Our Founders tended to have more than one career simultaneously. Washington was a surveyor, a military officer, a farmer, and an import/export merchant. Adams started as a teacher, then made a living as both lawyer and farmer. John Witherspoon was both a minister and a college president. Patrick Henry might hear cases as a judge, riding circuit, or he might stay closer to home, arguing cases as a lawyer in someone else’s court. If it took two careers to earn a living and support your family, you did so. The Founders didn’t raise up picket signs to denounce an unfair society; they just went out and got (or created) a second job. Or a third.

Both this work ethic and the specific and diverse private sector experiences shared by our Founders can be seen to have driven their choices throughout the founding era. They didn’t fear independence from the Mother Country, Great Britain… then the greatest nation on earth. No, our Founders came to the realization that America was ready to fly out of the nest, that our country was at last ready to succeed on its own.

While our distant German-English king, George III, imagined us to be dependent children biting the generous hand that fed them from across the Pond, no such dependency mindset really existed in America by the mid 18th century. Our Founders were confident that America would rise to the challenge, that every individual American would work hard, and by so doing, would make this American experiment succeed as well.


We owe so much to our Founding Fathers… not only the famous ones like Hamilton, Jefferson, and Adams, but to the ones forgotten by our schoolteachers and almost completely left out of our modern American education.

Gouverneur Morris, who organized the Constitution into its final, magnificent form. Robert Morris, who literally went bankrupt funding Washington’s army – he didn’t give from his surplus, he gave it all. Henry Knox, who managed the herculean feat of transporting the guns of Ticonderoga to Boston in time to win the Battle of Dorchester Heights. George Mason, author of the Virginia Declaration of Rights and therefore father of our nation’s Bill of Rights. John Jay, contributor to the Federalist Papers and negotiator of the peace with England that averted a war we could not have won.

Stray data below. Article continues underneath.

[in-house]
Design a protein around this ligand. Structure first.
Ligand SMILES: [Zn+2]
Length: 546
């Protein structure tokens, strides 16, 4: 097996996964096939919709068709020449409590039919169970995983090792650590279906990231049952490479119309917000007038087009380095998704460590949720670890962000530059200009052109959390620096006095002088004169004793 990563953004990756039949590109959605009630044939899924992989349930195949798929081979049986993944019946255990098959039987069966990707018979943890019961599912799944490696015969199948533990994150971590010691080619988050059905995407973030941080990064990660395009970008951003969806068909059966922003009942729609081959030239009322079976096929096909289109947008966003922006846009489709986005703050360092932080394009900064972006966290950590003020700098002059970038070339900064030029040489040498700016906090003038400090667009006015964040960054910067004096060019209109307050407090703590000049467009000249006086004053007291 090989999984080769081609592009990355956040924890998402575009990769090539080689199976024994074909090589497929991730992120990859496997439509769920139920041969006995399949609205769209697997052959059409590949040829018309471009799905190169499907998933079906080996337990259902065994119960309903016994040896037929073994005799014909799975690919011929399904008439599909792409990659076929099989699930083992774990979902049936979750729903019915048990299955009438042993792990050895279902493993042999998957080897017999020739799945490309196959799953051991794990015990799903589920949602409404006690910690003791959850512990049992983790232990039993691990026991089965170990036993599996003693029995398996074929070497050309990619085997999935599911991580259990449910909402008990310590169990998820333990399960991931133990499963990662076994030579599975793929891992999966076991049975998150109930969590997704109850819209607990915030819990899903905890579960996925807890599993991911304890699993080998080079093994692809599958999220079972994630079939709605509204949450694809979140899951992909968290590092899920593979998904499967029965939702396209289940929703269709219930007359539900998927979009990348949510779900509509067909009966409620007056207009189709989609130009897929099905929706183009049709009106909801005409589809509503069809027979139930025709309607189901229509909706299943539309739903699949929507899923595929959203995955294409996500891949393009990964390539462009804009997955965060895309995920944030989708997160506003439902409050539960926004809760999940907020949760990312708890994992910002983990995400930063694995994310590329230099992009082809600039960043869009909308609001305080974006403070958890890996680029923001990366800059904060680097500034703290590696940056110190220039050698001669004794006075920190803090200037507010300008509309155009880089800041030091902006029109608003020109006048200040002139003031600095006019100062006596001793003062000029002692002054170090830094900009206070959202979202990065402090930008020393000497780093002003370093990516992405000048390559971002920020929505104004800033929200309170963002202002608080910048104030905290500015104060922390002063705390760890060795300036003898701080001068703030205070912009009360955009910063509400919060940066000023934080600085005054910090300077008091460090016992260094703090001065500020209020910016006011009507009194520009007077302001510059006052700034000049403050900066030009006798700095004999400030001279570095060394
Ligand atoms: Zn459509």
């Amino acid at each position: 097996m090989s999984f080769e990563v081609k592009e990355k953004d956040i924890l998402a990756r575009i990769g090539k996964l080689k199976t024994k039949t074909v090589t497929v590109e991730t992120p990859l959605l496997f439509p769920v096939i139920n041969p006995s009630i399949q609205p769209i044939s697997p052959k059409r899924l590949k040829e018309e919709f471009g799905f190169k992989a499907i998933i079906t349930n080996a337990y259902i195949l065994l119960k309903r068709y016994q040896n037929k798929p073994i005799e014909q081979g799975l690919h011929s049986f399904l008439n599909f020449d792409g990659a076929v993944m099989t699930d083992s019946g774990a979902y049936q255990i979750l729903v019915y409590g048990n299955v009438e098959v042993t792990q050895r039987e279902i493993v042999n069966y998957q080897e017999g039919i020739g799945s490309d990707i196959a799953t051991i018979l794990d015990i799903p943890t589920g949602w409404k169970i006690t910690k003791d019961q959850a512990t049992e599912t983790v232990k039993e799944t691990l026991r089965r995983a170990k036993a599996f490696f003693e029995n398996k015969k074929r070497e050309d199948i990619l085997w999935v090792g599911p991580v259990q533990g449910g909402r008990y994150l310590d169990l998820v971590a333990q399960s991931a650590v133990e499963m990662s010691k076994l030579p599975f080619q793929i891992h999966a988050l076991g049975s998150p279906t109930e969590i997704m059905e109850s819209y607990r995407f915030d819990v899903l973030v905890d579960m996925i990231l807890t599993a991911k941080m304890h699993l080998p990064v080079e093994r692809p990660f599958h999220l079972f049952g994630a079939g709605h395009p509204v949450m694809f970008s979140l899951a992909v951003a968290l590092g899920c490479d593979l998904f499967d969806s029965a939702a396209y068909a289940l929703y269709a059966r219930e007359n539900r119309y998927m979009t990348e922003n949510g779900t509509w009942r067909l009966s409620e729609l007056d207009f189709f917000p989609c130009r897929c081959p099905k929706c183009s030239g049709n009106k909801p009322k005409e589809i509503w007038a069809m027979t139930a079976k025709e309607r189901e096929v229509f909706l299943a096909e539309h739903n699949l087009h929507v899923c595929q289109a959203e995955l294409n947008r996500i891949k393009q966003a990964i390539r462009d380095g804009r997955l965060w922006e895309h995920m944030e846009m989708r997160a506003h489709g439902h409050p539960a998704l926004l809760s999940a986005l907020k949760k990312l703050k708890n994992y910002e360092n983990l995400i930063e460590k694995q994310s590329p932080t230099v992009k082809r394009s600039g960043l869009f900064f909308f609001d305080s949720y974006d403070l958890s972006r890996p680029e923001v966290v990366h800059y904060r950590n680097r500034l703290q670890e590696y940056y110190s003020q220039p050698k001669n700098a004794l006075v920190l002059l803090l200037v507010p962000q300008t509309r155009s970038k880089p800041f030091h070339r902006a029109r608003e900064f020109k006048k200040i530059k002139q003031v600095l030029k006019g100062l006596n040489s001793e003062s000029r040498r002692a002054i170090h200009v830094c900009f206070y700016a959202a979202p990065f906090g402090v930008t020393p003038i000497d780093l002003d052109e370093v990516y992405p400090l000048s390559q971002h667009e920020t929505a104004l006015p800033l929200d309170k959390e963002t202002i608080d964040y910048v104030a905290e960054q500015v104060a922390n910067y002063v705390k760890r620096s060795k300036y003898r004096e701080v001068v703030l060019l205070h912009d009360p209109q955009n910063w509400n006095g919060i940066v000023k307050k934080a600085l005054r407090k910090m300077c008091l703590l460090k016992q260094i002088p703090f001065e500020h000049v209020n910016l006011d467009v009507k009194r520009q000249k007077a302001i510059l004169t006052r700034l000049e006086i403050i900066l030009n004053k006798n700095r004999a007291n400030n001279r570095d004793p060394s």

There is a line of thought among some historians that the march of time is a force of its own, that people don’t matter, that countries rise and fall without dependence on individuals. They maintain that there was a time for one country to settle another, then a time for that country to break off, much like the way that an animal leaves the litter when its mother deems it old enough, regardless of who the players may be at the time. It’s all just a dialectic to them. Such historians have never truly studied the American experience.

We know that America’s founding was a miracle, one blessed by Providence at a time when all the right people were present – the authors, the diplomats, the military minds, the political philosophers, the economists – all the right people were ready to rise to the occasion; it would never have worked without them. There is not just one “indispensible man;” there were dozens, at least… each one indispensible in his own way.

As we celebrate our Independence Day, this year and every year, we must celebrate the wisdom of these thousands of Founding Fathers, these honorable and principled stewards, to whom the voters entrusted the clay of a single coast, and who then built from that clay a body of work that was to become the greatest nation on God’s green earth.

Copyright 2011 John F. Di Leo

John F. Di Leo is a Chicago-based Customs broker and international trade compliance trainer. His columns appear frequently in Illinois Review.

Permission is hereby granted to forward freely, provided it is uncut and the byline and IR URL are included. Follow me on LinkedIn or Facebook!

TOPICS: Business/Economy; Government; History; Miscellaneous
KEYWORDS: foundingfather; foundingfathers; framers; godsgravesglyphs; patriot